Wednesday 22 October 2014 by Stuart Baines. 2 comments

    Military history plays an important part in defining chapters in the history of individual nations. Its impacts reach into most aspects of life and experience not only during the time of conflict but also before and after the event. Isolating the period of conflict from the social or political history has the potential to become an orchard in which the fruit of myth grows ripe. Some argue that in the context of Australia’s experience the notion…

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  • Reproducing Sister Lummer’s Ward Dress - Part 2

    Tuesday 21 October 2014 by Eleni Holloway. 2 comments

    Australian Army Nurse arrange for display with original cuffs, collar, apron and cape in the new First World War galleries. The only visible parts of the replica ward dress are the sleeves and skirt.

    Australian Army Nurse arrange for display with original cuffs, collar, apron and cape in the new First World War galleries. The only visible parts of the replica ward dress are the sleeves and skirt. In this blog I have briefly documented the steps that curators and conservators took to produce a First World War replica ward dress. This follows on from Part 1 which focused on the history of Sister Lummer’s dress, and the conservation …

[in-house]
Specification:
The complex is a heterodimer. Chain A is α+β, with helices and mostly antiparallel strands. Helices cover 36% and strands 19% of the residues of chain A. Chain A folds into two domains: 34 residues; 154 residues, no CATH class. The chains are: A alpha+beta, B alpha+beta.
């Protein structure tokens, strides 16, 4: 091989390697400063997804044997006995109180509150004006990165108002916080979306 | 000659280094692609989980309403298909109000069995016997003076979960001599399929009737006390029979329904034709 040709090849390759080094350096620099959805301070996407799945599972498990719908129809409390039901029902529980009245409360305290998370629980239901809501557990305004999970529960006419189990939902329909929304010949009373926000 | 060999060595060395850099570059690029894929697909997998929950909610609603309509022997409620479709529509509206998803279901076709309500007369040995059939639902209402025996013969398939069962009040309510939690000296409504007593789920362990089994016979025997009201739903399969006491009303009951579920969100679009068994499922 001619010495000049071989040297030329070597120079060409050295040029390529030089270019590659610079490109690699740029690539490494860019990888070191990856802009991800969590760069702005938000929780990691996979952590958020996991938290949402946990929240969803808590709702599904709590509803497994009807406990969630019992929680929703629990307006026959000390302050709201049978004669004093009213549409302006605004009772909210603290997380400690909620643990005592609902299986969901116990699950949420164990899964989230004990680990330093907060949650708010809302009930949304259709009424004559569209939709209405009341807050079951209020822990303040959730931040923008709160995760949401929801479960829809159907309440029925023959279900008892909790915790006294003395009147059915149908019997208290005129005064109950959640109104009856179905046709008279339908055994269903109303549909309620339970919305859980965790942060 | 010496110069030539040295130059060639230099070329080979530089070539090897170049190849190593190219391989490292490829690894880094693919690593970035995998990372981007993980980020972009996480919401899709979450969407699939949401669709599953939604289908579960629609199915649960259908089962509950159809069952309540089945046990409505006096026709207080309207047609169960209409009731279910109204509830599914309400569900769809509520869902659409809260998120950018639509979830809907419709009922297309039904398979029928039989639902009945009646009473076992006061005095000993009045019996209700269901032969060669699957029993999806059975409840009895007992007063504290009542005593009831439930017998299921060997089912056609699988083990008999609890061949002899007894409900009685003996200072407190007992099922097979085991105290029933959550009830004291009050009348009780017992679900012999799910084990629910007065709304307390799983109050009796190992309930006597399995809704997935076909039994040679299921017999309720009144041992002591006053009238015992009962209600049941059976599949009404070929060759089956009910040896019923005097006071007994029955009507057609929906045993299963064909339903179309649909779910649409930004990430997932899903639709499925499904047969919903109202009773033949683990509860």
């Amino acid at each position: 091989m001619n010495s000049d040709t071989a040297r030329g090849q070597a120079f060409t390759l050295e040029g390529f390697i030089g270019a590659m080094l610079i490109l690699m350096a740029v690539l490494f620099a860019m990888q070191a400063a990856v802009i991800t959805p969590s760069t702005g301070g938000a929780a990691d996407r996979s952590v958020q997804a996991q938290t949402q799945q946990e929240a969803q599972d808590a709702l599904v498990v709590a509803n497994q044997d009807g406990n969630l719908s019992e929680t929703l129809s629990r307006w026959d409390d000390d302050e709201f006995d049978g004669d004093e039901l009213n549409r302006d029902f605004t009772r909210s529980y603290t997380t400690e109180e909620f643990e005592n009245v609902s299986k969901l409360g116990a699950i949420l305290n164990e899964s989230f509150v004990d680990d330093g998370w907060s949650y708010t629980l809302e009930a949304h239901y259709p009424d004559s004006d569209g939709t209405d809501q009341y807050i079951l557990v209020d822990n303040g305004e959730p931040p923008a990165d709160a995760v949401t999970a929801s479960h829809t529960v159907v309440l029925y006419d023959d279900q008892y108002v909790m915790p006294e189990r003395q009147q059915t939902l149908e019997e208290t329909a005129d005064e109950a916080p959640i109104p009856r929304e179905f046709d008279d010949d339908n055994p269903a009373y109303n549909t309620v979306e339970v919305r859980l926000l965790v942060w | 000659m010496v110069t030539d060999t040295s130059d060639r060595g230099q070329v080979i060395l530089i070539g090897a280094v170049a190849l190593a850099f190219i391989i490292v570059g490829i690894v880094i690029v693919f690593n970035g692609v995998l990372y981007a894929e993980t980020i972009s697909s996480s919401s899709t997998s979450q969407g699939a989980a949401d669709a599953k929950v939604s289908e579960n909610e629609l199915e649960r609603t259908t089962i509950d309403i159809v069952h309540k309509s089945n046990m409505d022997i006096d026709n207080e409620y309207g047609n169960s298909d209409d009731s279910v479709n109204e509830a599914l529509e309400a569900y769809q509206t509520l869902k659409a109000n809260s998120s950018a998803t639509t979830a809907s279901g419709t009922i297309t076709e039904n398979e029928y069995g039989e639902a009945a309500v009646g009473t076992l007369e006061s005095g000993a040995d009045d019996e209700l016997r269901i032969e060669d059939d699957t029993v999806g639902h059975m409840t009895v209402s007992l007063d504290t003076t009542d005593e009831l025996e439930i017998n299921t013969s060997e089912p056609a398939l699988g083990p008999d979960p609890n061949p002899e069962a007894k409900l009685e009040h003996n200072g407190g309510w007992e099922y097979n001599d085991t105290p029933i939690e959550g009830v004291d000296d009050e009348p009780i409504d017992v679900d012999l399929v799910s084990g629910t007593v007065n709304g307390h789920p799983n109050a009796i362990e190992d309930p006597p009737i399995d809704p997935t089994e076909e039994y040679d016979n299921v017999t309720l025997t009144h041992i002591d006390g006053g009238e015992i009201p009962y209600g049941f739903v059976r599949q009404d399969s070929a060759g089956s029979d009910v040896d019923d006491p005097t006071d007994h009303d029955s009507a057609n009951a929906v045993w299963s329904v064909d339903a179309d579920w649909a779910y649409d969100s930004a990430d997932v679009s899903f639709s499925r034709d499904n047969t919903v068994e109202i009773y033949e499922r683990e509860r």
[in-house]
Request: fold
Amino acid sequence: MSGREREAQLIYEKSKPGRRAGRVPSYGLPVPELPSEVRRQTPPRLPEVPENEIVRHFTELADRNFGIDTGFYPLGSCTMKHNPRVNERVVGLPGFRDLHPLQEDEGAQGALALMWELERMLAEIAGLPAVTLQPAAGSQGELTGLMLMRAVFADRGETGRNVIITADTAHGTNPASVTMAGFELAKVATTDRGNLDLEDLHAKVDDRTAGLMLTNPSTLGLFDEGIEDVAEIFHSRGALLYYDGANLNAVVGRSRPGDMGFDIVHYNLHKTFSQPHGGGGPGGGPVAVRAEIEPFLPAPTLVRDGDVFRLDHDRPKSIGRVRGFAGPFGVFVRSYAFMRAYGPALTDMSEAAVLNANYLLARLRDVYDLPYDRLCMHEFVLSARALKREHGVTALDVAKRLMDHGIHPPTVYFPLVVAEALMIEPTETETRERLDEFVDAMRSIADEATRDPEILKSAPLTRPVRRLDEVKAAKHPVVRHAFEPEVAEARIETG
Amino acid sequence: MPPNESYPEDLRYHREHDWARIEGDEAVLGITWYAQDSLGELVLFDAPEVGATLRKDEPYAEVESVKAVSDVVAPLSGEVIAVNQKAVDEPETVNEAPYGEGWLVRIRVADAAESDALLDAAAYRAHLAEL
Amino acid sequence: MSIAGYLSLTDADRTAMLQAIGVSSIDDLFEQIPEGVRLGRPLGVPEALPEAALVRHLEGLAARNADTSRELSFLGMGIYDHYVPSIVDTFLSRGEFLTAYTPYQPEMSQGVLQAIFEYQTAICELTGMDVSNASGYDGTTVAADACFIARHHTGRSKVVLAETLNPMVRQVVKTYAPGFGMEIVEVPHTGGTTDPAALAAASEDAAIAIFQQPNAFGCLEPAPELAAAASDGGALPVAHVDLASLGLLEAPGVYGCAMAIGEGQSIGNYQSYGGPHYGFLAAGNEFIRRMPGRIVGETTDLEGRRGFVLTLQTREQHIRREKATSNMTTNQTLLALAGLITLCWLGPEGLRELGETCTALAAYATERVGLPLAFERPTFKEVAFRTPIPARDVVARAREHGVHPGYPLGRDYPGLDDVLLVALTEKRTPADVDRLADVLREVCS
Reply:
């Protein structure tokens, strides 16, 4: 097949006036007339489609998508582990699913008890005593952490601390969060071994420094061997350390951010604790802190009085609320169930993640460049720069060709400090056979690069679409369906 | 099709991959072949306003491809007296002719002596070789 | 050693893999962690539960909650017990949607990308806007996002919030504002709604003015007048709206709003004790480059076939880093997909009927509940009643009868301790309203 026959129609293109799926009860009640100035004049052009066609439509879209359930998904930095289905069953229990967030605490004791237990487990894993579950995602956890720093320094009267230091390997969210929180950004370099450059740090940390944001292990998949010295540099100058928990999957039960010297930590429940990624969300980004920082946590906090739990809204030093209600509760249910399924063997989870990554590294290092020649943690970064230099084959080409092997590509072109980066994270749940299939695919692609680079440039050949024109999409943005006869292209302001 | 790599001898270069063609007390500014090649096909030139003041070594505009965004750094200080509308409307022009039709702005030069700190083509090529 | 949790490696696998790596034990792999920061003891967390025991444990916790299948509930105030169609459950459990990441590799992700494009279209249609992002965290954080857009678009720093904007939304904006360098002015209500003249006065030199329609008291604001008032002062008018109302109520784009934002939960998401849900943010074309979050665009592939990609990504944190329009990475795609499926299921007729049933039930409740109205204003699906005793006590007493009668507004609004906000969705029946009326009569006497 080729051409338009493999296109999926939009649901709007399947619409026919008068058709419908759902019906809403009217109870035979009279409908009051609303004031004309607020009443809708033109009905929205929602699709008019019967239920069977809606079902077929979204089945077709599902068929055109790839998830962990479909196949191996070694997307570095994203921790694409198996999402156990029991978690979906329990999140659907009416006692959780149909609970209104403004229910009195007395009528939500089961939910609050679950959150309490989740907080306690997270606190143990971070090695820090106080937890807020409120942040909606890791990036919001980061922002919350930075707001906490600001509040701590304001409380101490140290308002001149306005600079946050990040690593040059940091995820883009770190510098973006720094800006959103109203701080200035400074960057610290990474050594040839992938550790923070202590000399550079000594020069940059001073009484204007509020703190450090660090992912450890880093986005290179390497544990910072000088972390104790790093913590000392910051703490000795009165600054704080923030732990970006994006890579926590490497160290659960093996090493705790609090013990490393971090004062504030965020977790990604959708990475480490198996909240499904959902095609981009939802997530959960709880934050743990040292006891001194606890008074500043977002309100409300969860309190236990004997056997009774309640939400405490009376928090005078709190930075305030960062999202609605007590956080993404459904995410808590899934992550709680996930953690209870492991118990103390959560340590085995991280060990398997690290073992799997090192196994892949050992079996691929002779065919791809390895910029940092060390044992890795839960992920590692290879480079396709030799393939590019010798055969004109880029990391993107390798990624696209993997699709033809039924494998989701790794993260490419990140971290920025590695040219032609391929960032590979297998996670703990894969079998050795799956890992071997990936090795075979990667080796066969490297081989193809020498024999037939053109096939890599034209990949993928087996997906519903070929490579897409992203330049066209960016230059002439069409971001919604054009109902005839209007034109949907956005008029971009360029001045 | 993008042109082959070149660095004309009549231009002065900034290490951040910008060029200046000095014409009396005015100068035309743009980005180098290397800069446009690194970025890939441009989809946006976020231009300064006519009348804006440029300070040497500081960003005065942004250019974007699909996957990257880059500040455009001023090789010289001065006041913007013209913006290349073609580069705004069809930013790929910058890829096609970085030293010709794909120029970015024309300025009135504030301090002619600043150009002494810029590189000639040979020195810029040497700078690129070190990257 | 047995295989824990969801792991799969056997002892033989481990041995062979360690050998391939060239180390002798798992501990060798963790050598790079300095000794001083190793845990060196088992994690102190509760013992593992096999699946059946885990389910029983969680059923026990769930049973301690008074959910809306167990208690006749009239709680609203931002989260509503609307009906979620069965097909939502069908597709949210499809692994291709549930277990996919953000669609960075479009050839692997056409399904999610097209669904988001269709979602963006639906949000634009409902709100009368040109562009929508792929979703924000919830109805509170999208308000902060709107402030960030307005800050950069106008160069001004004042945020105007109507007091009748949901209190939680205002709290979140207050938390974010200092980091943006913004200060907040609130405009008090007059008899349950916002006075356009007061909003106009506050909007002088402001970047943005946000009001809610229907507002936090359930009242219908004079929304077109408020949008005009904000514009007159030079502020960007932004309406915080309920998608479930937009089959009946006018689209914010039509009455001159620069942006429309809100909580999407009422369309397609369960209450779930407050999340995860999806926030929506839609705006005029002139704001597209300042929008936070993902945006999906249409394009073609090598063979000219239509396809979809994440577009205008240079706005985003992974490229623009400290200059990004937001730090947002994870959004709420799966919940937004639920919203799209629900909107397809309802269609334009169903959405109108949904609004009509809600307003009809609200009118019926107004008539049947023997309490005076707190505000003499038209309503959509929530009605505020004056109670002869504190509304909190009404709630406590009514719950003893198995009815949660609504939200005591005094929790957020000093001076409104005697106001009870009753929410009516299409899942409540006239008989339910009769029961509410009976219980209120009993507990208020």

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  • A different kind of heroism

    Friday 17 October 2014 by Theresa Cronk.

    This blog post was written by Anne Landais, a French student from the Ecole Nationale des Chartes (National School of Palaeography and Archival Studies), which isa university level institution that prepares students in the human and social sciences for careers in history related domains. The current priorities of the Ecole Nationale des Chartes include the development of digital technologies applied to historical research and heritage studies, …

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  • Work continues on the FWW dioramas!

    Friday 17 October 2014 by Alana Treasure. 6 comments

    Somme Winter

    Our apologies that it has been a while since our last FWW Dioramas conservation posting - it'sbeen a big year!! Along with continued cleaning and repairs, some of the tasks and activities we've been spending our time on this year are moulding and casting missing weapons, repairing broken weapons and re-joining the previously cut pieces of diorama bases requiring filling and inpainting. The Semakh diorama has been returned to display in the …

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  • Memorial Box Banter - Part VI

    Friday 17 October 2014 by John Holloway. 1 comments

    Concerned about the new curriculum? We can help! Exploring primary and secondary sources in the classroom can seem like a daunting prospect but the new Australian curriculum provides an exciting opportunity for students to put their hands on history. The University of New England’s School of Education recently borrowed a First World War Memorial Box to show their Bachelor of Education (Primary) students how to use the items as part …